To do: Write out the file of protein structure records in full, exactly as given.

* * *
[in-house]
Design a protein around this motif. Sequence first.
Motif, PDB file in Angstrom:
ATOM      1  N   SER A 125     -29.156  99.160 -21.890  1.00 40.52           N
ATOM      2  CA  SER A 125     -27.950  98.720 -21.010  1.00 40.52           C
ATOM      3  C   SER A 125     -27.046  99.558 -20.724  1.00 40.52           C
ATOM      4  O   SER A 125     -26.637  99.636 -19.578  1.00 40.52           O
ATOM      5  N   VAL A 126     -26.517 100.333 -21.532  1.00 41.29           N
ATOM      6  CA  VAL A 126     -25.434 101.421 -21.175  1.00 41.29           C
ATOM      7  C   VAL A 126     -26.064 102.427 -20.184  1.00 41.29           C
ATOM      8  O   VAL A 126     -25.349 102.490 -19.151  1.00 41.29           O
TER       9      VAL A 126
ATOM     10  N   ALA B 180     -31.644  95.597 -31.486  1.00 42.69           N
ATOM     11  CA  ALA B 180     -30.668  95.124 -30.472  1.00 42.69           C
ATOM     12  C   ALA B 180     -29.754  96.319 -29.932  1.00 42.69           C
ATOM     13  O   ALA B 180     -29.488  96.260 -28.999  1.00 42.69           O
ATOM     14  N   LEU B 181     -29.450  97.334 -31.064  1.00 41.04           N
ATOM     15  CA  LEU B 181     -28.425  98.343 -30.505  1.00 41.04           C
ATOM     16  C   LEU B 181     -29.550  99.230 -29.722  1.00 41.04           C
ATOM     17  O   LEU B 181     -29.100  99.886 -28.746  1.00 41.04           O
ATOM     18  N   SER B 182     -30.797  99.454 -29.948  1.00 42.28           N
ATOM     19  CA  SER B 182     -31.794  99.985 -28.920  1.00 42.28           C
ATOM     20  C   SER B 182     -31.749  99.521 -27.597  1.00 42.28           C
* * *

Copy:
[in-house]
Design a protein around this motif. Sequence first.
Motif, PDB file in Angstrom:
ATOM      1  N   SER A 125     -29.156  99.160 -21.890  1.00 40.52           N
ATOM      2  CA  SER A 125     -27.950  98.720 -21.010  1.00 40.52           C
ATOM      3  C   SER A 125     -27.046  99.558 -20.724  1.00 40.52           C
ATOM      4  O   SER A 125     -26.637  99.636 -19.578  1.00 40.52           O
ATOM      5  N   VAL A 126     -26.517 100.333 -21.532  1.00 41.29           N
ATOM      6  CA  VAL A 126     -25.434 101.421 -21.175  1.00 41.29           C
ATOM      7  C   VAL A 126     -26.064 102.427 -20.184  1.00 41.29           C
ATOM      8  O   VAL A 126     -25.349 102.490 -19.151  1.00 41.29           O
TER       9      VAL A 126
ATOM     10  N   ALA B 180     -31.644  95.597 -31.486  1.00 42.69           N
ATOM     11  CA  ALA B 180     -30.668  95.124 -30.472  1.00 42.69           C
ATOM     12  C   ALA B 180     -29.754  96.319 -29.932  1.00 42.69           C
ATOM     13  O   ALA B 180     -29.488  96.260 -28.999  1.00 42.69           O
ATOM     14  N   LEU B 181     -29.450  97.334 -31.064  1.00 41.04           N
ATOM     15  CA  LEU B 181     -28.425  98.343 -30.505  1.00 41.04           C
ATOM     16  C   LEU B 181     -29.550  99.230 -29.722  1.00 41.04           C
ATOM     17  O   LEU B 181     -29.100  99.886 -28.746  1.00 41.04           O
ATOM     18  N   SER B 182     -30.797  99.454 -29.948  1.00 42.28           N
ATOM     19  CA  SER B 182     -31.794  99.985 -28.920  1.00 42.28           C
ATOM     20  C   SER B 182     -31.749  99.521 -27.597  1.00 42.28           C